Alternatives to Splashtop

There are other products available that are similar to Splashtop, in that they don’t require any additional hardware, and either use a browser or an app to make the remote connection with their service which then connects to the target device:

  • Products like LogMeIn, GoToMyPC, TeamViewer and AnyDesk are alternatives to Splashtop as remote desktop access tools.
  • Products like ConnectWise Control, Zoho Assist and VNC Connect do support remote desktop access, but are designed primarily for remote technical support.

We have evaluated a lot of them in the process of selecting Splashtop as the remote desktop access solution for our clients. In most cases we have found these alternatives to be more costly than Splashtop, and/or to omit certain features we think are important.

RDP (Remote Desktop Protocol), developed by Microsoft, is also commonly used for remote desktop access. Windows desktop operating systems (like Windows 10) include a built-in ‘native’ RDP client, and Windows Server operating systems include a built-in RDP server. The Microsoft Remote Desktop client is also available on the App Store for macOS X users.

However, whilst RDP is functional there have been numerous exploits demonstrating vulnerabilities in its standard security, and adding additional security, though possible, can be complex and expensive. As a result many organisations now prefer solutions like Splashtop that are cost effective and are more secure ‘out of the box’.

For more information, check out Insights guide to secure remote access with RDP.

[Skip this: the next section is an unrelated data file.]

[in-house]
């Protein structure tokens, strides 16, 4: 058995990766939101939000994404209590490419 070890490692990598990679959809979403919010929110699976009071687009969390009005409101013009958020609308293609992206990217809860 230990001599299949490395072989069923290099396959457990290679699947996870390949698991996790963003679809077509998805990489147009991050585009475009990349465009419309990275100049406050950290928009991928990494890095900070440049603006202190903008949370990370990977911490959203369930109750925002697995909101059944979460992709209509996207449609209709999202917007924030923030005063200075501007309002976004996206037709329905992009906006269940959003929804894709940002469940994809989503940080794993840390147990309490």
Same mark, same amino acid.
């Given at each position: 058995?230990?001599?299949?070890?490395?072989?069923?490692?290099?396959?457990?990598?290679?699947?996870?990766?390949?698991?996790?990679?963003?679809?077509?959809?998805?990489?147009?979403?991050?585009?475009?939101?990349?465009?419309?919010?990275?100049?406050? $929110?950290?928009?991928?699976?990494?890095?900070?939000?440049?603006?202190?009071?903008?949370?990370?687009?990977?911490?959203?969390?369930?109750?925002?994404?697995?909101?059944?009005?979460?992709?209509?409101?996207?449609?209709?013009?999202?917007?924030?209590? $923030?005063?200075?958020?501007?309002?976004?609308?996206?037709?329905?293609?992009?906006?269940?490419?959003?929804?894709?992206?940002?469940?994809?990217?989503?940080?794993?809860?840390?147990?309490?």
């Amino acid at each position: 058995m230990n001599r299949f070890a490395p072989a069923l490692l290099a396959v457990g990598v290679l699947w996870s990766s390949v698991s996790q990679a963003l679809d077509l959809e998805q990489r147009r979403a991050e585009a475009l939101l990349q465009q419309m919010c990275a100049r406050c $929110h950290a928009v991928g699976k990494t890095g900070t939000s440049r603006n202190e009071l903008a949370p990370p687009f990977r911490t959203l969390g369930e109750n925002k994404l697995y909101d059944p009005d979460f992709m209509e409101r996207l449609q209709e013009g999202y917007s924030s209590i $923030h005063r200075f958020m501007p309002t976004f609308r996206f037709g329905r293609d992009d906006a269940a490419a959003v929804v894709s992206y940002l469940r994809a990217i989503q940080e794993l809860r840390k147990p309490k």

If you want to discuss remote access or RDP, want to find out more about Splashtop, or need some assistance with any of these recommendations, just get in touch with us.


AES or Advanced Encryption Standard is an encryption specification set out by NIST (the US National Institute of Standards and Technology) and has become the industry standard for data security.
Cipher means an algorithm (or set of steps that a computer will perform) that can be applied to data to encrypt it, or to encrypted data to decrypt it.
Encrypting or encryption is the process of converting original data (called “plaintext”) into data that cannot easily be read or used (called “ciphertext”) without authorisation (i.e. without having the Key).
Exploit occurs when a vulnerability is taken advantage of by an attacker.
Key in cyber security terms is the secret piece of data that, when paired with the Cipher, makes the encrypted data secure; without the key, it is very difficult (with strong encryption) to decipher the encrypted data.
Strong encryption is an encryption method using a very large cryptographic key. Larger keys take longer to break. 256 bit encryption is considered strong encryption.
Threat agent is a person (or a process) that exploits a vulnerability. Examples include employees not following procedure, or a hacker.
TLS or Transport Layer Security is a communication protocol allowing communication between a client (e.g. a web browser) and a server (e.g. a web server) to be secured.
Vulnerability is a weakness that allows a threat to compromise it. Examples include a wireless access point with no security, firewall ports open, or no door locks.